Book Review: On a Dollar a Day
Could you survive on one dollar's worth of food per day? Vegan high school teachers Kerri Leonard and Christopher Greenslate endured a one month experiment where each of them consumed one dollar of food per day. In On a Dollar a Day: One Couple's Unlikely Adventures in Eating in America (affiliate link), they described their experience and an array of social issues relating to the cost of food.
The book is divided into three sections detailing the three food spending plans the couple chose. The first section detailed their month of eating on a dollar a day, the second describes their experiment in eating on the average food stamp recipient's allotment, and the third is where they had no spending restrictions but tried to eat more healthily. Each section has alternate chapters written by Leonard and Greenslate.
The first experiment of eating on a dollar a day was actually quite difficult to read because this couple was obviously torturing themselves. Although they say that they were able to eat an adequate portion, there were many passages where they described their hunger and stress while on this plan. One rule they set was that they would not eat any food they can get for free unless everyone else has access to it. Due to this rule they did not eat the free foods they had access to at work and other venues, and I thought that was silly because any of those leftover free foods were probably wasted.
The second section of the book describes how the vegan couple tried to follow the Thrifty Food Plan recommended by the USDA and live on a little over $4 per day for a month. They fared a lot better on this, but found that it was still difficult to eat in a very healthy manner because nutritious and fresh foods cost more than processed foods with plenty of calories. This reminded me of Philip Brewer's excellent post The new face of poverty is fat where he writes about why poor people are obese.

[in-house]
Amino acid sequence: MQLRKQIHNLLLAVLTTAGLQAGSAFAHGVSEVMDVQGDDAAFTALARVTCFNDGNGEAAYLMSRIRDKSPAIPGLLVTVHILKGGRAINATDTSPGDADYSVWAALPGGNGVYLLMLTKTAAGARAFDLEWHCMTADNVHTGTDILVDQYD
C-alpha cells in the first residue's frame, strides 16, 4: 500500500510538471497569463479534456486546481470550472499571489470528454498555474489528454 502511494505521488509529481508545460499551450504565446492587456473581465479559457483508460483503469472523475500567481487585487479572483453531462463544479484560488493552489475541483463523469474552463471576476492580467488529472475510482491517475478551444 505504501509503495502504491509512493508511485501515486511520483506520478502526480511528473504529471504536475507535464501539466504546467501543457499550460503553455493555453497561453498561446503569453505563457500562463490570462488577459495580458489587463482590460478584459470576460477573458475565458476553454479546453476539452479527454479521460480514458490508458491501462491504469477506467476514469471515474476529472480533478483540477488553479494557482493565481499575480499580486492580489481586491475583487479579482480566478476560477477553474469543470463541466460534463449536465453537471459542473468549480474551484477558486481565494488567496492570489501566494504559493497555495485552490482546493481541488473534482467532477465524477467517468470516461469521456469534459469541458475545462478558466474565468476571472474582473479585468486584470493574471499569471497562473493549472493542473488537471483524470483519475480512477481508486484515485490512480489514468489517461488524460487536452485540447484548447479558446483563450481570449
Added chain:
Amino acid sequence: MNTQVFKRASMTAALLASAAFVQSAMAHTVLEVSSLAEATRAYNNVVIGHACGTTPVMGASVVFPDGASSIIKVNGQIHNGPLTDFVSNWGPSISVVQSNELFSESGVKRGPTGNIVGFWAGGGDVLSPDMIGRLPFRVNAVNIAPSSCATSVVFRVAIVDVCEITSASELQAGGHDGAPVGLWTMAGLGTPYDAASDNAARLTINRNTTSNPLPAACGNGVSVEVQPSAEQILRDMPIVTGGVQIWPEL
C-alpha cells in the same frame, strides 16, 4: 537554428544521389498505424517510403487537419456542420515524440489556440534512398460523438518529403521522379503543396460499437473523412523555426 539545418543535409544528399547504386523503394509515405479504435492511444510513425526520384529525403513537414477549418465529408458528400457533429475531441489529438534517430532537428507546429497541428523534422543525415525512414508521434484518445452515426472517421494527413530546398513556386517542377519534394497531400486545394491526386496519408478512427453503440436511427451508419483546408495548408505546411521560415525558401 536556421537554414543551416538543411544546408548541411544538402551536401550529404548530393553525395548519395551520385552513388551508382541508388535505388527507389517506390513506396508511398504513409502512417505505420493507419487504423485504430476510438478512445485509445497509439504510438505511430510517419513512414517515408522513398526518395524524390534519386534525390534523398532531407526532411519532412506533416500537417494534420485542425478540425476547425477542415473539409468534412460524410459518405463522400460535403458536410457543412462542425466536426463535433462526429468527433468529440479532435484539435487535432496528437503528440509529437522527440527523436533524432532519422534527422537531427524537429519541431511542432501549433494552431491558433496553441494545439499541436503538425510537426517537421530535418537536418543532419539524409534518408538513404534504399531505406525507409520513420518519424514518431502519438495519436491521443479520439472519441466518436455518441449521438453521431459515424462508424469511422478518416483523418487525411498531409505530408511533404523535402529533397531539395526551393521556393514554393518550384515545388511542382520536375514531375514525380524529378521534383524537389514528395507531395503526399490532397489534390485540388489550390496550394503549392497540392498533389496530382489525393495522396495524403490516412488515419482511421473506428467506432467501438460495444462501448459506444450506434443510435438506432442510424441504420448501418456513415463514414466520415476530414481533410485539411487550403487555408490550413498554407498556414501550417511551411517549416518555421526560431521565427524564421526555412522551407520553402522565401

The final section of the book focuses on eating for health, and it also seems like the couple have become more savvy shoppers after their months of challenges. The conclusion is that they found that it was possible to plan healthy and delicious meals that do not cost very much.
What I found most entertaining about this book was how these food plans affected the relationship between the authors. It was Greenslate's idea to start the original project, and Leonard played the part of a supportive girlfriend. However, later on it was clear that Leonard was doing most of the work in planning and preparing these meals, and it took a toll on her. Greenslate briefly wrote about how the preparation of food from the grocery store to the table is traditionally the work of women, but I think it would have been more interesting if Leonard wrote her thoughts on the subject.
Finally, there is a short chapter in the book about how to save on food, but those who want to live on a dollar of food a day will not find this book to be a very good guide. Although I felt that the one dollar a day food challenge was a bit forced, I do like the message in the book that you can eat healthily on a small budget. If you want to read more about the project, the authors have a blog at One Dollar Diet Project where they write about food related issues
Disclosure: I received a free review copy of this book and this post contains an affiliate link.
How much do you spend on food each day?
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